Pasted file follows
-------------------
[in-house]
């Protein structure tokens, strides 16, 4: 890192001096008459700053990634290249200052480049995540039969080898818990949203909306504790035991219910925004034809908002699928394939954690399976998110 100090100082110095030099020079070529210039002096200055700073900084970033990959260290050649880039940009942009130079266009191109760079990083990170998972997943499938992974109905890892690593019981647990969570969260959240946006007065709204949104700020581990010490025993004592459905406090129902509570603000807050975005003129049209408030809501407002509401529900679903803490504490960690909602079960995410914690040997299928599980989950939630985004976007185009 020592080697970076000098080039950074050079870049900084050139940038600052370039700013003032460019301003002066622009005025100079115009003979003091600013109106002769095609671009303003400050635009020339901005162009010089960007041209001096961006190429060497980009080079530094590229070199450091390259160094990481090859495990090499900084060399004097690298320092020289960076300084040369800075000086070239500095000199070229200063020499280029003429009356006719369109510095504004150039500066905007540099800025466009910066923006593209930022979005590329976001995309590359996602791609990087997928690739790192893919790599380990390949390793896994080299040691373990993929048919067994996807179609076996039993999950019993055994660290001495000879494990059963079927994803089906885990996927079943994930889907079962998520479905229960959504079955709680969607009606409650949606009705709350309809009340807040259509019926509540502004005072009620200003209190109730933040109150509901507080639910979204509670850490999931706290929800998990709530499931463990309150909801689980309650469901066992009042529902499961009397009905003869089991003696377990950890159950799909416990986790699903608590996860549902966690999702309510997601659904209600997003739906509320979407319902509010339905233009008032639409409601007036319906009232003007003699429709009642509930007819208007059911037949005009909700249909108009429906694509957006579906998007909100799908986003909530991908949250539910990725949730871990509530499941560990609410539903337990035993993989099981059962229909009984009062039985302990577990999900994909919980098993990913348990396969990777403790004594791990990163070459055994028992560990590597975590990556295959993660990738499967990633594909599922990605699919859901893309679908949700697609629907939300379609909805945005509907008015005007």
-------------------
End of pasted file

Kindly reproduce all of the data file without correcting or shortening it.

[in-house]
């Protein structure tokens, strides 16, 4: 890192001096008459700053990634290249200052480049995540039969080898818990949203909306504790035991219910925004034809908002699928394939954690399976998110 100090100082110095030099020079070529210039002096200055700073900084970033990959260290050649880039940009942009130079266009191109760079990083990170998972997943499938992974109905890892690593019981647990969570969260959240946006007065709204949104700020581990010490025993004592459905406090129902509570603000807050975005003129049209408030809501407002509401529900679903803490504490960690909602079960995410914690040997299928599980989950939630985004976007185009 020592080697970076000098080039950074050079870049900084050139940038600052370039700013003032460019301003002066622009005025100079115009003979003091600013109106002769095609671009303003400050635009020339901005162009010089960007041209001096961006190429060497980009080079530094590229070199450091390259160094990481090859495990090499900084060399004097690298320092020289960076300084040369800075000086070239500095000199070229200063020499280029003429009356006719369109510095504004150039500066905007540099800025466009910066923006593209930022979005590329976001995309590359996602791609990087997928690739790192893919790599380990390949390793896994080299040691373990993929048919067994996807179609076996039993999950019993055994660290001495000879494990059963079927994803089906885990996927079943994930889907079962998520479905229960959504079955709680969607009606409650949606009705709350309809009340807040259509019926509540502004005072009620200003209190109730933040109150509901507080639910979204509670850490999931706290929800998990709530499931463990309150909801689980309650469901066992009042529902499961009397009905003869089991003696377990950890159950799909416990986790699903608590996860549902966690999702309510997601659904209600997003739906509320979407319902509010339905233009008032639409409601007036319906009232003007003699429709009642509930007819208007059911037949005009909700249909108009429906694509957006579906998007909100799908986003909530991908949250539910990725949730871990509530499941560990609410539903337990035993993989099981059962229909009984009062039985302990577990999900994909919980098993990913348990396969990777403790004594791990990163070459055994028992560990590597975590990556295959993660990738499967990633594909599922990605699919859901893309679908949700697609629907939300379609909805945005509907008015005007």